HARRISBURG – A Dauphin County Court of Common Pleas judge is being asked to order a new trial after a jury ruled for defendants in December in a lawsuit over the 2005 motorcycle death of a Lower Paxton Township woman.
Attorneys for James Anderson, husband and administrator of the estate of the late Vickie Anderson, are asking Dauphin County Common Pleas Court Judge Andrew H. Dowling for a new trial in a case in which jurors found for the defense in December.
The plaintiff’s attorneys claim mistakes were made during the trial - mistakes that were brought up and also pointed out during that trial, and that there was a call for mistrial over those mistakes that was not granted.
"The law in the Commonwealth is clear that contributory and comparative negligence are not defenses to a strict liability action," the motion for post-trial relief says.
"Moreover, as the only Plaintiff seeking damages as against the tire Defendants was the Estate of Vickie L. Anderson, and, as Vickie Anderson was a passenger on the motorcycle, the Court should not have permitted any statements, arguments and issues of comparative negligence concerning the conduct of James A. Anderson Jr. and/or Vickie L. Anderson to be communicated by defense counsel."
James Anderson, acting as administrator of his wife's estate, had sought $887.13 in past medical costs, $6,110.92 in funeral expenses and $1,154,975 in past and future lost earnings, as well as damages under the state's Wrongful Death and Survival Acts. Named as defendants in the lawsuit were LeMans Corp., Pirelli Tire, AGV Lazer USA, Susquehanna Valley Harley-Davidson and Harley-Davidson Motor Co.
After nine days of trial and 90 minutes of deliberation, the jury found for the defendants against the plaintiff's claims of design and manufacturing defects, breach of implied warranty, and negligence.
Vickie Anderson died May 29, 2005, when the rear tire blew out on the Harley Davidson Ultra Classic on which she was a passenger and her husband was driving. James Anderson lost control and Vickie Anderson was thrown from the motorcycle and suffered head trauma that killed her.
During trial, both sides had their own tire and helmet experts, in addition to conscious pain and suffering experts. Anderson testified his wife had remained conscious about 10 minutes, and the estate's forensic pathology expert opined that Vickie Anderson suffered conscious pain and suffering.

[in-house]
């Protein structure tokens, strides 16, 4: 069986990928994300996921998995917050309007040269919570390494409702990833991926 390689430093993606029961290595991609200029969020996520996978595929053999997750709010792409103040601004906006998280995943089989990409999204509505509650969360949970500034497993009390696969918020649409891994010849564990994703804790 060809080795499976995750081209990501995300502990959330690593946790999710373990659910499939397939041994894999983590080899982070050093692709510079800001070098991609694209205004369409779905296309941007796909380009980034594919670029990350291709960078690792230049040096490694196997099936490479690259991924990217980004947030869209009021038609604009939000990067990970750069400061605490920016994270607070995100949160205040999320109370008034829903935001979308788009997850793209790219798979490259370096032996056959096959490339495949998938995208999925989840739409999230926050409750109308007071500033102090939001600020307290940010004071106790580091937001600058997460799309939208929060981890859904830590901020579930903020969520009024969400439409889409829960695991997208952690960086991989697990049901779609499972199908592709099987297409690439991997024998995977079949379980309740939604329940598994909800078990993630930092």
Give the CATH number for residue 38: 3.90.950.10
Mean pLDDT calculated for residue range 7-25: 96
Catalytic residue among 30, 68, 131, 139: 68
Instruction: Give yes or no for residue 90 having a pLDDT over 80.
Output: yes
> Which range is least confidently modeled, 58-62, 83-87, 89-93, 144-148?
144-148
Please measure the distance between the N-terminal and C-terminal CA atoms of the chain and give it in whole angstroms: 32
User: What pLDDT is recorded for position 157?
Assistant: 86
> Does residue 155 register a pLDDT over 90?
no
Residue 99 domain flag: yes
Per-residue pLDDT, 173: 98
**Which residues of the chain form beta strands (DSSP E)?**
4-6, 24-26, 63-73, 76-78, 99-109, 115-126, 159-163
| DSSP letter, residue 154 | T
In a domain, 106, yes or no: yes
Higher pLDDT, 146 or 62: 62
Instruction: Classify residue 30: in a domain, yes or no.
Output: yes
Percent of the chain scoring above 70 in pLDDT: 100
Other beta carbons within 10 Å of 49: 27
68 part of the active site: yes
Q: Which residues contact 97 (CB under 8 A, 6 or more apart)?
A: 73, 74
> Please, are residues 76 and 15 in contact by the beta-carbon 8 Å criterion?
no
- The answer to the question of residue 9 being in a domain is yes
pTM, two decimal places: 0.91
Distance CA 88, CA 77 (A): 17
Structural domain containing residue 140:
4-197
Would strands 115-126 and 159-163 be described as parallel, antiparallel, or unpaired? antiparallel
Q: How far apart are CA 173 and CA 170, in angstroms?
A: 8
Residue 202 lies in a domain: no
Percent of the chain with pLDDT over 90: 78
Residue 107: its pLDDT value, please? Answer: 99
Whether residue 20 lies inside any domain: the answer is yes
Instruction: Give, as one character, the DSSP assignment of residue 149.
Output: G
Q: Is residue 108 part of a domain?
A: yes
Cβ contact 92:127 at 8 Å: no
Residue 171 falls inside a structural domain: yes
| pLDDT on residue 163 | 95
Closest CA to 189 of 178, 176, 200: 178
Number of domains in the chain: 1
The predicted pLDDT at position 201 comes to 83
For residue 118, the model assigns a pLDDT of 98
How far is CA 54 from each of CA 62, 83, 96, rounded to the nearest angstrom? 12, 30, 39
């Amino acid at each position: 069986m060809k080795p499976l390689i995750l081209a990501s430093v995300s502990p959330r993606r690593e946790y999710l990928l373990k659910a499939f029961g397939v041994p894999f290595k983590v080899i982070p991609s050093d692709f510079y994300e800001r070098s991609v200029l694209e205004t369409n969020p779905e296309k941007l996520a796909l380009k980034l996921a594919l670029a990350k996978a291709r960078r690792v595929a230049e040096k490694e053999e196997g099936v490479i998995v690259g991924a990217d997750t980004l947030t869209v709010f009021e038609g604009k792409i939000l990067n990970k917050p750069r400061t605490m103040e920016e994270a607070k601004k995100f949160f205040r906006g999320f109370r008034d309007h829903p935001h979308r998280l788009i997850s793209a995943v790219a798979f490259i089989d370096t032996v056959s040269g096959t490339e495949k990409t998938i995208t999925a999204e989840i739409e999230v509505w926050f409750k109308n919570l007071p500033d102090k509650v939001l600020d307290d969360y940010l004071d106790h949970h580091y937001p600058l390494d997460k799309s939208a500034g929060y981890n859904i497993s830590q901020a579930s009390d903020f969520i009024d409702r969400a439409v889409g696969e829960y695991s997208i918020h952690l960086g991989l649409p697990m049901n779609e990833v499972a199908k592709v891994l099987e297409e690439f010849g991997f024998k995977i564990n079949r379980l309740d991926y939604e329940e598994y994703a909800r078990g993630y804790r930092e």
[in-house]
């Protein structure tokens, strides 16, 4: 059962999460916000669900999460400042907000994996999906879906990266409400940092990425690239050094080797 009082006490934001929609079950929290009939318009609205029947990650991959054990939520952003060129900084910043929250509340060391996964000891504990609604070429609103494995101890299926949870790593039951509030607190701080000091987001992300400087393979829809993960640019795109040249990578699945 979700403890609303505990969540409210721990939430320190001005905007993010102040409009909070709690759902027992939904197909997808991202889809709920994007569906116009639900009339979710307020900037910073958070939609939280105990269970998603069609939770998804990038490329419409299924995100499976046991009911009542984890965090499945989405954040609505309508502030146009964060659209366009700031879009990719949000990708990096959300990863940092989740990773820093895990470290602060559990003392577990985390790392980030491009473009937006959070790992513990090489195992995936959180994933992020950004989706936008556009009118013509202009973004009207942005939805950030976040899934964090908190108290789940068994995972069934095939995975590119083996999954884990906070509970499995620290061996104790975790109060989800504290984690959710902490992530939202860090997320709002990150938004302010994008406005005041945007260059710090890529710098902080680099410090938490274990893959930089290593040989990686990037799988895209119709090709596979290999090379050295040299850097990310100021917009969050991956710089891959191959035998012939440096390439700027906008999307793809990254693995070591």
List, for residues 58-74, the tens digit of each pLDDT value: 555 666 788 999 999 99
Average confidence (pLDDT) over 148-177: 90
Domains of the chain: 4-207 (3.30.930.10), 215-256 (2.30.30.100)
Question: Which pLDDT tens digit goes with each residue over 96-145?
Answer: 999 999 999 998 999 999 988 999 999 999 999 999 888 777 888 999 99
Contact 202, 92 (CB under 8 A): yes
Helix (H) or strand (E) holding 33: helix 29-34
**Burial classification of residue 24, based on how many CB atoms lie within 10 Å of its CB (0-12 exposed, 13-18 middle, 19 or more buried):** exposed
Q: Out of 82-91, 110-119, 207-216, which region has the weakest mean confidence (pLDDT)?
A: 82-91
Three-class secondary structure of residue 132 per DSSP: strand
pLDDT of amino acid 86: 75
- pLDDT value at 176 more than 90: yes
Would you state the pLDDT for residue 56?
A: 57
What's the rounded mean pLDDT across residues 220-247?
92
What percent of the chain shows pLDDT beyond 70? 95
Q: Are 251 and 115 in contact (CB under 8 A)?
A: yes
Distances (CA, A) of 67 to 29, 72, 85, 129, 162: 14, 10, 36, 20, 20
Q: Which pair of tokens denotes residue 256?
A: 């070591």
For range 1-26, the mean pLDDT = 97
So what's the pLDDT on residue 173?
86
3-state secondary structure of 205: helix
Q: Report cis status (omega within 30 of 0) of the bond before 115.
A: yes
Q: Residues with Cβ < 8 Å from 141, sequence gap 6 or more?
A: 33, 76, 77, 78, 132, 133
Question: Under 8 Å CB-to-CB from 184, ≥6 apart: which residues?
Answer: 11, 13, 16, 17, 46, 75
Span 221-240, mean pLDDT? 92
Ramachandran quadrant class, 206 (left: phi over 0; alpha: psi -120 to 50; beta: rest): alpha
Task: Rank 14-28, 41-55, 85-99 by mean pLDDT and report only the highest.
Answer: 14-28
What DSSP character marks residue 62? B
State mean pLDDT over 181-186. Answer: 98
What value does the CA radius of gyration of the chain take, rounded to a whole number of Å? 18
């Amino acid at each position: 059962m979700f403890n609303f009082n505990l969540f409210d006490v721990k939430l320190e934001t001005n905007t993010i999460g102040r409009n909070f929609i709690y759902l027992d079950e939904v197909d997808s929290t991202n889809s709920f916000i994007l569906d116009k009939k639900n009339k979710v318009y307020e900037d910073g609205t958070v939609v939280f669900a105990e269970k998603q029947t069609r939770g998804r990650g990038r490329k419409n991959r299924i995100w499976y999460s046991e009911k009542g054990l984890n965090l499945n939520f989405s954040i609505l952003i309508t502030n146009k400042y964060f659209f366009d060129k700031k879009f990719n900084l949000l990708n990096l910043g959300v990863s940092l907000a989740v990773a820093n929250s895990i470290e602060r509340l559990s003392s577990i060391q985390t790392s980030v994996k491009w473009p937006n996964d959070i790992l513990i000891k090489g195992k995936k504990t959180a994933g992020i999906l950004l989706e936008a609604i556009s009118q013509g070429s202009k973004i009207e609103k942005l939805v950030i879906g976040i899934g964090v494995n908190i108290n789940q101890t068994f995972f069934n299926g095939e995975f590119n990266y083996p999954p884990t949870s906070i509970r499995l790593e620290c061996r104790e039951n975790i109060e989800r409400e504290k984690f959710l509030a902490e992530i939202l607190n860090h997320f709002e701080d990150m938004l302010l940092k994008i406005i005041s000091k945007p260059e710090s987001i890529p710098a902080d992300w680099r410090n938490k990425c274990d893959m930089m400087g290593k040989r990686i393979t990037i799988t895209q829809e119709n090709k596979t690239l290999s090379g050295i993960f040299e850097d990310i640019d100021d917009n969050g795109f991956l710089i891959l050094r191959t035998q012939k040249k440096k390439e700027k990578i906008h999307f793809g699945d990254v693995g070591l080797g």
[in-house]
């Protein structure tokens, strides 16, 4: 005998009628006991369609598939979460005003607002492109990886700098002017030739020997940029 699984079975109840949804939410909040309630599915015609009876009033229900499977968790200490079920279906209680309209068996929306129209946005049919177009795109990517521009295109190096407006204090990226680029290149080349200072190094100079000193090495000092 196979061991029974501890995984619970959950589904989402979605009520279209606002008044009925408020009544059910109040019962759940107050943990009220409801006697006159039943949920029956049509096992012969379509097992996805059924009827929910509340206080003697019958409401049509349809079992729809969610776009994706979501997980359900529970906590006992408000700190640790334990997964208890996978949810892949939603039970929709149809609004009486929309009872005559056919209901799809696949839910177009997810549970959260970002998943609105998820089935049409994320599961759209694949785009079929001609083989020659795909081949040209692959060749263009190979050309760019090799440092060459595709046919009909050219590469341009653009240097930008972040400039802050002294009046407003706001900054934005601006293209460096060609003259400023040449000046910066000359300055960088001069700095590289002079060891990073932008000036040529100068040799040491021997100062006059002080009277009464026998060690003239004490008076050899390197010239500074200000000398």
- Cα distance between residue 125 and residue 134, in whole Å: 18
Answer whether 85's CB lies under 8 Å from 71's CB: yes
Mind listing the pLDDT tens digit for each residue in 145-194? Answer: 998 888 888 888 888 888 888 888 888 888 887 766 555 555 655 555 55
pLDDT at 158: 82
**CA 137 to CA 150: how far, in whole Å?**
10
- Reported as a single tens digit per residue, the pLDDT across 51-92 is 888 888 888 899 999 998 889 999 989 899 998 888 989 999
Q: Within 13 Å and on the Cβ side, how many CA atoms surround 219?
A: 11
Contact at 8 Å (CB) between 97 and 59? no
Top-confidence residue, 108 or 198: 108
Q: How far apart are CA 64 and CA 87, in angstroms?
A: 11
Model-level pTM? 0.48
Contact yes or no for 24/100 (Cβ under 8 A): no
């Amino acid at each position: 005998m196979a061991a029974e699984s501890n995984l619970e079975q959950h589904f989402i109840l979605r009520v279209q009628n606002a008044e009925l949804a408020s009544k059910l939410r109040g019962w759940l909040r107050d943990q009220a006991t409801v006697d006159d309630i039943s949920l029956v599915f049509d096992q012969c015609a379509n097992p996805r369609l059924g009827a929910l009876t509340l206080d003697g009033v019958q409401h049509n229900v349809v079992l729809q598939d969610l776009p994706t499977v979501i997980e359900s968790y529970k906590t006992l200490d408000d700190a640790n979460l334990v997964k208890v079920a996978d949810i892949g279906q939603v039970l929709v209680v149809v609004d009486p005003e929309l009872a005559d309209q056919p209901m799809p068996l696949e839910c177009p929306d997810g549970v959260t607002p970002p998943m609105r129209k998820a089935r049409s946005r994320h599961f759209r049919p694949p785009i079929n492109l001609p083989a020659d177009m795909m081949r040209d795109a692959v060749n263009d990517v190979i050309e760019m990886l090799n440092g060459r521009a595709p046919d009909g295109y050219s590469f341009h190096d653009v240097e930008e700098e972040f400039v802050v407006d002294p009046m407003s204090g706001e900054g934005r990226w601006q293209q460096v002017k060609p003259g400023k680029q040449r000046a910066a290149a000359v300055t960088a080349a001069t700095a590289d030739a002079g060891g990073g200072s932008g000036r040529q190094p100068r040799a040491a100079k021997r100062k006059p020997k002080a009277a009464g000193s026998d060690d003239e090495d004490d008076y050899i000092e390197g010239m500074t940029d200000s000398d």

However, the defense's own forensic pathology expert said she would have become unconscious upon impact and would have suffered no conscious pain and suffering in the time leading up to her death.
The defense also was allowed, over plaintiff's repeated objections, to introduce evidence about whether James Anderson was in some way negligent in his wife's death, according to the post-trial motion, which quotes directly from the trial's transcript. "Your Honor, over plaintiff's objection, the Court permitted the jury to hear an abundance, a plethora of evidence of negligence, evidence as to blaming this accident on Mr. Anderson, on issues dealing with assumption of the risk, which really became the focus of not only their opening but also the cross-examination of almost every witness prior to [plaintiff expert] Mr. [Gary] Derian.
"Today Your Honor ruled that this is a strict liability case, that your - the issues of negligence and issue of assumption of risk will not be going to the jury. This jury is so tainted and plaintiff so prejudiced."
To which Judge Andrew Dowling replied, "Well, let me just correct that. I said that I'm looking at that issue. I'll make that decision at the time we have our charging conference. But I didn't make any final determination on that."
To which the plaintiff's attorney is quoted as reminding Dowling that Anderson was acting in the case only as the estate's executor and, as such, was not on trial.
Dowling then is quoted to have said, "What's your motion?"
"It's a motion for mistrial, Judge," the plaintiff's attorney replied.
Dowling denied that motion, according to the quoted trial transcript.
In the post-trial motion filed earlier this month, the plaintiff argues that the case's standard of review has been met because legal mistakes were made during the trial, which mean's Anderson's lawsuit should receive a new trial.
"Plaintiff suffered great prejudice and irreparable harm by the Court permitting the Defendants to raise and argue defenses concerning the conduct of James A. Anderson and Vickie L. Anderson," the post-trial motion said.
"As the Court erred as a matter of law and/or abused its discretion permitting Defendants to raise and argue negligent issues, including but not limited to the conduct and reasonableness of James A. Anderson Jr. and/or Vickie L. Anderson, which resulted in great prejudice and irreparable harm to Plaintiff, Plaintiff request that this Post-Trial Motion be granted."